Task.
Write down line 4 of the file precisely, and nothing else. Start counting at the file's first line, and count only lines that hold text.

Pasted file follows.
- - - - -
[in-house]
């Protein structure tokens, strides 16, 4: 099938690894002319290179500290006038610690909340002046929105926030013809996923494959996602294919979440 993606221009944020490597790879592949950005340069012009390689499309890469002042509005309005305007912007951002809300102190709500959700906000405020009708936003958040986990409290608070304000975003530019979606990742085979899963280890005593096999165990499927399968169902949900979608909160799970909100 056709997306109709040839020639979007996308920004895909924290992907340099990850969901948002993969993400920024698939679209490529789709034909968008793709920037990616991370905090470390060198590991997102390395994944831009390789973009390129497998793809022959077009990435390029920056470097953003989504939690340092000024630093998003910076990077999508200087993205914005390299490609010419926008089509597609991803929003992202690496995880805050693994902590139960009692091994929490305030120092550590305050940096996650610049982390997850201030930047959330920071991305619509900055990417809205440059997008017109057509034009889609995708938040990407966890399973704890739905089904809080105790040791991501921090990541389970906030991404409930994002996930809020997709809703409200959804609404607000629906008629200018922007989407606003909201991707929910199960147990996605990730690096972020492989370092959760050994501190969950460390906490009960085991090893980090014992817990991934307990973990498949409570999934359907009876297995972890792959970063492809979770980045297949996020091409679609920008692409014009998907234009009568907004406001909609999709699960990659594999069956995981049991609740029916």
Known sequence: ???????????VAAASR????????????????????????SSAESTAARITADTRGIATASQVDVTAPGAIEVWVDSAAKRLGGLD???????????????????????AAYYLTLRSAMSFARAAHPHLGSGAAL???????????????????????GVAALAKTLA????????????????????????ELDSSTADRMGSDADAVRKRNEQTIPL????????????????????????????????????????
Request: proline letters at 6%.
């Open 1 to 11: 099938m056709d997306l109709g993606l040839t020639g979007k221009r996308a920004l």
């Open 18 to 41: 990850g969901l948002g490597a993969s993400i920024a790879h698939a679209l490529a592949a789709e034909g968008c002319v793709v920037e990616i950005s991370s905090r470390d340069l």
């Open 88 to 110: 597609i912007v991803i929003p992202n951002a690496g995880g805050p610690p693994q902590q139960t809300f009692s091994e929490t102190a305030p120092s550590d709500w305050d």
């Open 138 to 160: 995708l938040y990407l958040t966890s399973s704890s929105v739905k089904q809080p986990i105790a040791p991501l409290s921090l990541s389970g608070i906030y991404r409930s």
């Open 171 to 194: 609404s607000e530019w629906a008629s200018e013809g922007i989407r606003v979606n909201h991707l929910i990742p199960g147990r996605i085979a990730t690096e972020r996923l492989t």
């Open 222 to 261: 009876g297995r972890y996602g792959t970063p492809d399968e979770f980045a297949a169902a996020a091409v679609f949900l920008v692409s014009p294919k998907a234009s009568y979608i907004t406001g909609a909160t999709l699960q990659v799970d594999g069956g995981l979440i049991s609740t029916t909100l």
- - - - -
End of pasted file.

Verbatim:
Request: proline letters at 6%.